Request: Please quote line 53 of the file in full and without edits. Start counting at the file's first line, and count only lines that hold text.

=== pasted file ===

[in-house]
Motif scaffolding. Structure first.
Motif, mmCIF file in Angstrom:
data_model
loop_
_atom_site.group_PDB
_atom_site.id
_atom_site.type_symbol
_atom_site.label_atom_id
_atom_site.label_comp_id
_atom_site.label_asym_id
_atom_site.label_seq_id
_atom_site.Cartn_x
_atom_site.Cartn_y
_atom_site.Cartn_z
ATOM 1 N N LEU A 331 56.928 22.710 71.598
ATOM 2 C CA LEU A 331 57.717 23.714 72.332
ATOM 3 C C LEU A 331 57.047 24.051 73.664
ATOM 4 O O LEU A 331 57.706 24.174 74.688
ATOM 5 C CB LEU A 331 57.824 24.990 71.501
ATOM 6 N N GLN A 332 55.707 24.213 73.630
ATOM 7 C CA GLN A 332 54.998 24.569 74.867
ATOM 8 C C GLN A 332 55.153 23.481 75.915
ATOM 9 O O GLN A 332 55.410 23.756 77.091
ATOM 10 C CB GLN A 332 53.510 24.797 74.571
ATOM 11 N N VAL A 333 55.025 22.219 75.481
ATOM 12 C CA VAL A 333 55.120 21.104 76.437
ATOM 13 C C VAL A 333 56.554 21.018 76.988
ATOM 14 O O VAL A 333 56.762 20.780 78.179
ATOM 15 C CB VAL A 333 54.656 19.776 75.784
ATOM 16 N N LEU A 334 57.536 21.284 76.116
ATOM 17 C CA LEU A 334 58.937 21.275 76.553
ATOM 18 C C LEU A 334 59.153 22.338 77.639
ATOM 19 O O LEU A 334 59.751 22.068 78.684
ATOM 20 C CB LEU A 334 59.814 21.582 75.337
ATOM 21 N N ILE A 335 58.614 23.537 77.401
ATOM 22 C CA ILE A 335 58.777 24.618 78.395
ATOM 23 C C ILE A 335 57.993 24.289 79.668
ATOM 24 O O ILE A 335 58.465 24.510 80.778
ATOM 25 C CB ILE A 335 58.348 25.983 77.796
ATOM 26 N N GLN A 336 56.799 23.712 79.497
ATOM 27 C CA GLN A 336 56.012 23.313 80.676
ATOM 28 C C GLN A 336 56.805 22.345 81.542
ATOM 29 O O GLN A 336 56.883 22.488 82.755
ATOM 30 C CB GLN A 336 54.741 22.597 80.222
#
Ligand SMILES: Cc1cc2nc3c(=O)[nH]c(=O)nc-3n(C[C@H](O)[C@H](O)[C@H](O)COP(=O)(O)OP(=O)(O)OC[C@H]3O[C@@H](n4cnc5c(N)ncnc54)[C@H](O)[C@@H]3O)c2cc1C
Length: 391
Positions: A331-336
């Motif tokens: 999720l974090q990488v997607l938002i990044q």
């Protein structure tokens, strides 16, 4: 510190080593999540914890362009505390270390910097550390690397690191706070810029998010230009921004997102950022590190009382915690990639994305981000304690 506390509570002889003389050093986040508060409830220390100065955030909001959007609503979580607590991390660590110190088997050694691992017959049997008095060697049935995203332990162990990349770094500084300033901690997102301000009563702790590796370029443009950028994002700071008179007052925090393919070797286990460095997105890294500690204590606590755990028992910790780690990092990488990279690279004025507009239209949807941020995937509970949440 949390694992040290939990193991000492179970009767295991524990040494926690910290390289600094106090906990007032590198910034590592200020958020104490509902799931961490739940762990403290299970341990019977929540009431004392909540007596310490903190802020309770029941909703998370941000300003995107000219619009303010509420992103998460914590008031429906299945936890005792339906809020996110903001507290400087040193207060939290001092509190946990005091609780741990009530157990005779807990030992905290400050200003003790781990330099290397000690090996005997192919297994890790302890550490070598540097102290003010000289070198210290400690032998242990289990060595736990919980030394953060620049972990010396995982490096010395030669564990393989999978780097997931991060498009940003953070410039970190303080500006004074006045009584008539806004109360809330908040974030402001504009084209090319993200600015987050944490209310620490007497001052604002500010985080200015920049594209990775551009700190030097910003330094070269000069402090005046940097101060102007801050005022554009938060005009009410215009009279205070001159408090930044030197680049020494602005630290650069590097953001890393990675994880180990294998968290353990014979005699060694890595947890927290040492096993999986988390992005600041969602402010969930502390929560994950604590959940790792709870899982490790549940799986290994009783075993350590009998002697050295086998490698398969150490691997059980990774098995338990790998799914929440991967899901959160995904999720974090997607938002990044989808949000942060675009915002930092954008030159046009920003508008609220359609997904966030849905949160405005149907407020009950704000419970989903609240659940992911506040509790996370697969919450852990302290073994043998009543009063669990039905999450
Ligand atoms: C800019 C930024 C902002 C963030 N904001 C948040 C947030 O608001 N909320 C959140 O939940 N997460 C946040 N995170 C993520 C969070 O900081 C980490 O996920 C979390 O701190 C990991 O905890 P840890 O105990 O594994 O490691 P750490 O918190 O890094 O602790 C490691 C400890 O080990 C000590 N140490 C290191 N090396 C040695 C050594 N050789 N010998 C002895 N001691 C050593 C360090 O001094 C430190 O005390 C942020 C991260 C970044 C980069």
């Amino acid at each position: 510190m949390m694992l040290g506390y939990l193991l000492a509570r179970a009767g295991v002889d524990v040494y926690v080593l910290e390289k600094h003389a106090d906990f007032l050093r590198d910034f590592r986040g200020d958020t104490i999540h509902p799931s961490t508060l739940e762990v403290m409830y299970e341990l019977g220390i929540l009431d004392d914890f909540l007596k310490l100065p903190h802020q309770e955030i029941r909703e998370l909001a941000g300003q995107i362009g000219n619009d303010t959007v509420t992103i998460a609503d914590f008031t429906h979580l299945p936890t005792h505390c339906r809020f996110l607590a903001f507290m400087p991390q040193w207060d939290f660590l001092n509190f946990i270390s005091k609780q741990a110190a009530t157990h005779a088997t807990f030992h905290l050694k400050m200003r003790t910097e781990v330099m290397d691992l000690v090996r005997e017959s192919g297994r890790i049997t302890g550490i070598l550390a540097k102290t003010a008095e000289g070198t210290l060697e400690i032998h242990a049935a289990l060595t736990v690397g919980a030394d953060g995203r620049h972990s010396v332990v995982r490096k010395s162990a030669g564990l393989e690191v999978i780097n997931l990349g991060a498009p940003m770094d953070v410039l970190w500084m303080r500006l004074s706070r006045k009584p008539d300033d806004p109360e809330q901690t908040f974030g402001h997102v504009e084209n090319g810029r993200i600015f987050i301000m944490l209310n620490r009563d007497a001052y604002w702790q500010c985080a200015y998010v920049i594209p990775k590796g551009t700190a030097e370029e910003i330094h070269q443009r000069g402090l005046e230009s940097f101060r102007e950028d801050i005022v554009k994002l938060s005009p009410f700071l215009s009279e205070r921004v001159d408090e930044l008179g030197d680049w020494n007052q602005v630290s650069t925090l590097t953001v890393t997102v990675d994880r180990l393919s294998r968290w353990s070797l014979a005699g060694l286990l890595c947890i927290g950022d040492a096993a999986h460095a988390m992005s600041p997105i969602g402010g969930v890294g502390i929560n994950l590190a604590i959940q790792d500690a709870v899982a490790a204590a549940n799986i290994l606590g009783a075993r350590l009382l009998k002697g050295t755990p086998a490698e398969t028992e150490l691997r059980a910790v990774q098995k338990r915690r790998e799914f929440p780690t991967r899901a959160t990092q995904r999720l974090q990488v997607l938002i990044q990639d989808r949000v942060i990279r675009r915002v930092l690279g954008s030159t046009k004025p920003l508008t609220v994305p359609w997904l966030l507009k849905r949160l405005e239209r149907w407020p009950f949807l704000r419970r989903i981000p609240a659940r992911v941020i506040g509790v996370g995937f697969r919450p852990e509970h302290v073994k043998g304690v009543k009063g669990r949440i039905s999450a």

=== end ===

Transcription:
């Amino acid at each position: 510190m949390m694992l040290g506390y939990l193991l000492a509570r179970a009767g295991v002889d524990v040494y926690v080593l910290e390289k600094h003389a106090d906990f007032l050093r590198d910034f590592r986040g200020d958020t104490i999540h509902p799931s961490t508060l739940e762990v403290m409830y299970e341990l019977g220390i929540l009431d004392d914890f909540l007596k310490l100065p903190h802020q309770e955030i029941r909703e998370l909001a941000g300003q995107i362009g000219n619009d303010t959007v509420t992103i998460a609503d914590f008031t429906h979580l299945p936890t005792h505390c339906r809020f996110l607590a903001f507290m400087p991390q040193w207060d939290f660590l001092n509190f946990i270390s005091k609780q741990a110190a009530t157990h005779a088997t807990f030992h905290l050694k400050m200003r003790t910097e781990v330099m290397d691992l000690v090996r005997e017959s192919g297994r890790i049997t302890g550490i070598l550390a540097k102290t003010a008095e000289g070198t210290l060697e400690i032998h242990a049935a289990l060595t736990v690397g919980a030394d953060g995203r620049h972990s010396v332990v995982r490096k010395s162990a030669g564990l393989e690191v999978i780097n997931l990349g991060a498009p940003m770094d953070v410039l970190w500084m303080r500006l004074s706070r006045k009584p008539d300033d806004p109360e809330q901690t908040f974030g402001h997102v504009e084209n090319g810029r993200i600015f987050i301000m944490l209310n620490r009563d007497a001052y604002w702790q500010c985080a200015y998010v920049i594209p990775k590796g551009t700190a030097e370029e910003i330094h070269q443009r000069g402090l005046e230009s940097f101060r102007e950028d801050i005022v554009k994002l938060s005009p009410f700071l215009s009279e205070r921004v001159d408090e930044l008179g030197d680049w020494n007052q602005v630290s650069t925090l590097t953001v890393t997102v990675d994880r180990l393919s294998r968290w353990s070797l014979a005699g060694l286990l890595c947890i927290g950022d040492a096993a999986h460095a988390m992005s600041p997105i969602g402010g969930v890294g502390i929560n994950l590190a604590i959940q790792d500690a709870v899982a490790a204590a549940n799986i290994l606590g009783a075993r350590l009382l009998k002697g050295t755990p086998a490698e398969t028992e150490l691997r059980a910790v990774q098995k338990r915690r790998e799914f929440p780690t991967r899901a959160t990092q995904r999720l974090q990488v997607l938002i990044q990639d989808r949000v942060i990279r675009r915002v930092l690279g954008s030159t046009k004025p920003l508008t609220v994305p359609w997904l966030l507009k849905r949160l405005e239209r149907w407020p009950f949807l704000r419970r989903i981000p609240a659940r992911v941020i506040g509790v996370g995937f697969r919450p852990e509970h302290v073994k043998g304690v009543k009063g669990r949440i039905s999450a």